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Webinar: HAO Colloqium: ‘Data analytics’ approaches to space weather

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Wednesday, 04 September 2019, 4:00

Wednesday, September 4, 2019. 4:00PM Eastern Time. Webinar: HAO Colloqium: ‘Data analytics’ approaches to space weather. Sandra Chapman, University Of Warwick. Sponsored by NCAR|UCAR. More information here.


The plasma and magnetic field of earth’s near-space environment is highly dynamic, with its own space weather. Space weather and solar terrestrial physics observations are increasingly becoming a data analytics challenge and there are common approaches with other fields such as earth climate observations.


Where there are multiple observations such as the SuperMAG collated 100+ magnetometer stations in the auroral region we can test for spatio-temporal patterns of correlation using dynamical networks. Whilst networks are in widespread use in the data analytics of societal and commercial data, there are additional challenges in their application to physical time series. We are able to construct dynamical networks direct from SuperMAG.   The transient dynamics of the auroral current system is captured by the spatio-temporal patterns of correlation between the magnetometer time-series and can be quantified by (time dependent) network parameters. Cross-correlation lags can be used to construct directed networks which give directions and timescales for propagation. This offers the possibility of characterizing detailed spatio-temporal pattern by a few parameters, so that many events can then be compared with each other and with differing theoretical predictions of the ‘typical’ substorm current system.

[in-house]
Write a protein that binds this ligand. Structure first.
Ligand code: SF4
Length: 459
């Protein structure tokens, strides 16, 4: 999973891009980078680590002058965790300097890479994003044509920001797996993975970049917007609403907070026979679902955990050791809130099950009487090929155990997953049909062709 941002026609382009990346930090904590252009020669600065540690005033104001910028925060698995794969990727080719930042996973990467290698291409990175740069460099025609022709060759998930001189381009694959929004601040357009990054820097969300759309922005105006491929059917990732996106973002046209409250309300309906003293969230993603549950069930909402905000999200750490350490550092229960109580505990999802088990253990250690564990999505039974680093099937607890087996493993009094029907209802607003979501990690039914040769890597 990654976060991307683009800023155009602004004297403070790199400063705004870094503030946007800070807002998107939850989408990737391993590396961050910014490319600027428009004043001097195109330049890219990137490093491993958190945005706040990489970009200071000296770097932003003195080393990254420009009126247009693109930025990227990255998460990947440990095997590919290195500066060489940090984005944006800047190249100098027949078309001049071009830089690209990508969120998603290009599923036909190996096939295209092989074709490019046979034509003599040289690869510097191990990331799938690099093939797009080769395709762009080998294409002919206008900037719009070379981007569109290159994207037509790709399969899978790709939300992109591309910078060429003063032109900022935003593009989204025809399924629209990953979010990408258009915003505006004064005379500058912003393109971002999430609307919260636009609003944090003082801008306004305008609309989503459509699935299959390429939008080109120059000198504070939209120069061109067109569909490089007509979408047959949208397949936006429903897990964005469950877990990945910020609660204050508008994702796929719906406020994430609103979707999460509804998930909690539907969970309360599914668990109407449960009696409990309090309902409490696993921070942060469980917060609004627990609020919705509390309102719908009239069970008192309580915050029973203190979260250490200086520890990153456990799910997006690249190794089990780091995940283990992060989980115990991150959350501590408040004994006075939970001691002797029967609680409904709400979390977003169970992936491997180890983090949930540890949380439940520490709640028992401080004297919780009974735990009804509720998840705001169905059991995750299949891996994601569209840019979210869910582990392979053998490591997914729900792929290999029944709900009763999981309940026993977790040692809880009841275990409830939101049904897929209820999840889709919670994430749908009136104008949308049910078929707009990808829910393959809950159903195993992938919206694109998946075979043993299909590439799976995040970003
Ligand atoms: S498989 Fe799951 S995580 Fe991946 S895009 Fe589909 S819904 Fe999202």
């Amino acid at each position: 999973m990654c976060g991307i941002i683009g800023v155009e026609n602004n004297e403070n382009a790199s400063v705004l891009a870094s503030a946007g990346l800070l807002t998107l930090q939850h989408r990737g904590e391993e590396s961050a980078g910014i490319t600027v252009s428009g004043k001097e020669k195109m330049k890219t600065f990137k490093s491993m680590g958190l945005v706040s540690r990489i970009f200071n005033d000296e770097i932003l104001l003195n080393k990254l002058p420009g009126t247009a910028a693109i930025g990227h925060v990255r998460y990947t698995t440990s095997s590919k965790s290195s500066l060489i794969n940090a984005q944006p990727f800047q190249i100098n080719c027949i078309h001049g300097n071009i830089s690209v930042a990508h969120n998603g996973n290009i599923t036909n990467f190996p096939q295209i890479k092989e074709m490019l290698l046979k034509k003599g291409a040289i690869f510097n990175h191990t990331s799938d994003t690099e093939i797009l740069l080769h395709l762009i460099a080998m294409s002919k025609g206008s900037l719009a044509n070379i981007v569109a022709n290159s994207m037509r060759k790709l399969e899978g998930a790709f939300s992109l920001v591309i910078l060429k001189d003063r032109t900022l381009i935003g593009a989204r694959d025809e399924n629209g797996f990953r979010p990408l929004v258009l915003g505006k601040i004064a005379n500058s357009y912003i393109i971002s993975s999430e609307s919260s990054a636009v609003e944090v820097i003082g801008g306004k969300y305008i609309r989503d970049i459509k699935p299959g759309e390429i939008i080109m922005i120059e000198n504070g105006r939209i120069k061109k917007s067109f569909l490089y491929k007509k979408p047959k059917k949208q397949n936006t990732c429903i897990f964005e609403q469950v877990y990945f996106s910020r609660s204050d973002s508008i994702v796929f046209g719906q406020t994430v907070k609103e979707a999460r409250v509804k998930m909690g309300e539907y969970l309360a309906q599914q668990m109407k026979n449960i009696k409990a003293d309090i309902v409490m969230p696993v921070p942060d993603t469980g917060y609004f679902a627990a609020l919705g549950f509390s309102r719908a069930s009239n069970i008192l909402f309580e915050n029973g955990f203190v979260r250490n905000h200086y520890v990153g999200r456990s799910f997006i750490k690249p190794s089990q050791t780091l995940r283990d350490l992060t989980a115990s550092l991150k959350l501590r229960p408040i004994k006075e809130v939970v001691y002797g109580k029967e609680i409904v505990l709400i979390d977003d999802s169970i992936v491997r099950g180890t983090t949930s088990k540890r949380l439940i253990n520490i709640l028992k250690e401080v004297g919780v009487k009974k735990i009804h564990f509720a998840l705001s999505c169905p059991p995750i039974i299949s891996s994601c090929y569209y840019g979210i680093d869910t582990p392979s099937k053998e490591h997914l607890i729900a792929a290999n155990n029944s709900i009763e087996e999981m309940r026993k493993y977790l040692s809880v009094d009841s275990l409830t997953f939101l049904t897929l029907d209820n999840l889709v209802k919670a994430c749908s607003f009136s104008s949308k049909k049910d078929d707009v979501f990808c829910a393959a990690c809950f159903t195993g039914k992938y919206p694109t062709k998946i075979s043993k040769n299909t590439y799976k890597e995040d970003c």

Where there are single point, long term observations we can quantify the space climate effects of the variability between each unique solar cycle.  Over the last five solar cycles we have parameters characterizing solar wind driving and magnetospheric response. These vary with the different activity levels of each solar cycle but we found certain properties of the statistical distribution are reproducible from one solar maximum to the next. Observations of the past heliospheric climate may assist prediction of that of the next solar cycle. Over the last 14 cycles we have less well resolved geomagnetic indices and we can attempt to use these to quantify how the likelihood of super-storms depends on solar cycle modulated activity and to set the Carrington event in context.


Quantifying how the frequency and intensity of large, rare events is changing in time is a generic challenge. A topical question is whether heatwaves are becoming more intense and more frequent. The potential for addressing this question solely from the data will be discussed using a new analysis of earth surface temperature timeseries.

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